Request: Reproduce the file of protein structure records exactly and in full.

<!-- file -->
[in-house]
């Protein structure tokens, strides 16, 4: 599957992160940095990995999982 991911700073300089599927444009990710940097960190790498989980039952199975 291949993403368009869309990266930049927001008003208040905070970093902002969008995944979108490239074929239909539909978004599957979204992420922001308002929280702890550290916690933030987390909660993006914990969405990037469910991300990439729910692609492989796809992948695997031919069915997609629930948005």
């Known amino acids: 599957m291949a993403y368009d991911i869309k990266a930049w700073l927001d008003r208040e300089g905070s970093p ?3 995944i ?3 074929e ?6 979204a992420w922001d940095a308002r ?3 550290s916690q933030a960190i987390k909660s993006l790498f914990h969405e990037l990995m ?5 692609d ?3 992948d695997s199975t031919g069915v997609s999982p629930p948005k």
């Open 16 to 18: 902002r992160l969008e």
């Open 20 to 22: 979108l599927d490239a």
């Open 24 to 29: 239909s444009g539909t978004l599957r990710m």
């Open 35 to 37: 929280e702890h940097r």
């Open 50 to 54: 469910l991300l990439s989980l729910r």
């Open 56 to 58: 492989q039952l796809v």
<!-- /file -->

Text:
[in-house]
């Protein structure tokens, strides 16, 4: 599957992160940095990995999982 991911700073300089599927444009990710940097960190790498989980039952199975 291949993403368009869309990266930049927001008003208040905070970093902002969008995944979108490239074929239909539909978004599957979204992420922001308002929280702890550290916690933030987390909660993006914990969405990037469910991300990439729910692609492989796809992948695997031919069915997609629930948005």
């Known amino acids: 599957m291949a993403y368009d991911i869309k990266a930049w700073l927001d008003r208040e300089g905070s970093p ?3 995944i ?3 074929e ?6 979204a992420w922001d940095a308002r ?3 550290s916690q933030a960190i987390k909660s993006l790498f914990h969405e990037l990995m ?5 692609d ?3 992948d695997s199975t031919g069915v997609s999982p629930p948005k």
């Open 16 to 18: 902002r992160l969008e």
């Open 20 to 22: 979108l599927d490239a």
């Open 24 to 29: 239909s444009g539909t978004l599957r990710m």
């Open 35 to 37: 929280e702890h940097r």
């Open 50 to 54: 469910l991300l990439s989980l729910r």
């Open 56 to 58: 492989q039952l796809v």